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2010 OECD Economic Surveys: China 2010

image of OECD Economic Surveys: China 2010

This 2010 edition of OECD's periodic review of China's economy finds that China's spectacular expansion has continued in recent years, making for impressive improvements in living standards. The slowdown associated with the global financial and economic crisis was contained by massive fiscal and monetary policy stimulus, which has boosted domestic demand. This survey includes chapters on recent achievements and prospects, monetary policy, financial reforms, product market regulation and competition, inequality, the labour market, old-age security and the health care system.

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Providing greater old-age security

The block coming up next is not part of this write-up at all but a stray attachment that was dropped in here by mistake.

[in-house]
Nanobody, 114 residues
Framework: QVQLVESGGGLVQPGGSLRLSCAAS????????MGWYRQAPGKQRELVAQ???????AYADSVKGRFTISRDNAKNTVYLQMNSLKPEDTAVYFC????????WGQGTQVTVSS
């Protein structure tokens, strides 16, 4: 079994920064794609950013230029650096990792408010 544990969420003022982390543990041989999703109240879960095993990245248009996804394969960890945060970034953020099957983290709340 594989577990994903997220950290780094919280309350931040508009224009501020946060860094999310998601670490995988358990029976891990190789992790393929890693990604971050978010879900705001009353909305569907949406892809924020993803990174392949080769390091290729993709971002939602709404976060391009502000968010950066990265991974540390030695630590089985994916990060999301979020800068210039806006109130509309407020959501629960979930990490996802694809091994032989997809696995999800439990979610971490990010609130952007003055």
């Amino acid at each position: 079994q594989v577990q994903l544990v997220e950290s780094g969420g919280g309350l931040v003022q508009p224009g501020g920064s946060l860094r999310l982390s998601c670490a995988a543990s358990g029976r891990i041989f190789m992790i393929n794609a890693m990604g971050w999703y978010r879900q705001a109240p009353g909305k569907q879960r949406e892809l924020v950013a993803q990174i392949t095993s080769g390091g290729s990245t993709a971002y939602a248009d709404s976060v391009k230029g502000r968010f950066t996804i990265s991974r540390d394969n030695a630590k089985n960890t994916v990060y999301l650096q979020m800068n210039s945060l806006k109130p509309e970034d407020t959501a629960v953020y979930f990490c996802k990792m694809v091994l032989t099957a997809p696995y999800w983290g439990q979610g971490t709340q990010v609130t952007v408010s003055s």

China’s population is set to age fast, owing to low fertility and rising life expectancy. With ongoing migration of the younger cohorts to urban areas the increase in the old-age dependency ratio will be more pronounced in rural than in urban areas. Very different pension arrangements exist across the country, with diverse and segmented systems in urban areas, belated retirement and low replacement ratios in rural areas, and special rules governing public sector pensions. Labour mobility is impeded by some of features of the current pension system, not least limited benefit portability. Urban pensions underwent parametric reform in 2005 and some geographical pooling was introduced more recently. Measures were also taken in 2005 to raise the coverage of the self-employed and those with flexible forms of employment. A new rural pension scheme was announced in mid-2009 and provisions to cover migrants were proposed. Some of the recent reforms added to the existing fragmentation, while others, notably those providing for greater geographical pooling, have only partly been implemented. Also, under current rules, effective replacement rates are fairly low and projected to decline further, both for rural and urban residents, which may be difficult to sustain with the elderly living less and less with their descendants. Furthermore, as the countryside ages, much of the additional burden will be shouldered by local governments with insufficient resources. These challenges can be addressed by gradually consolidating the various regimes, raising retirement ages and shifting more of the cost of rural pensions to the central government. Even if different schemes for different categories of workers were to persist, each should be unified over time, first provincially and then nationally, phasing out the urban-rural distinction.

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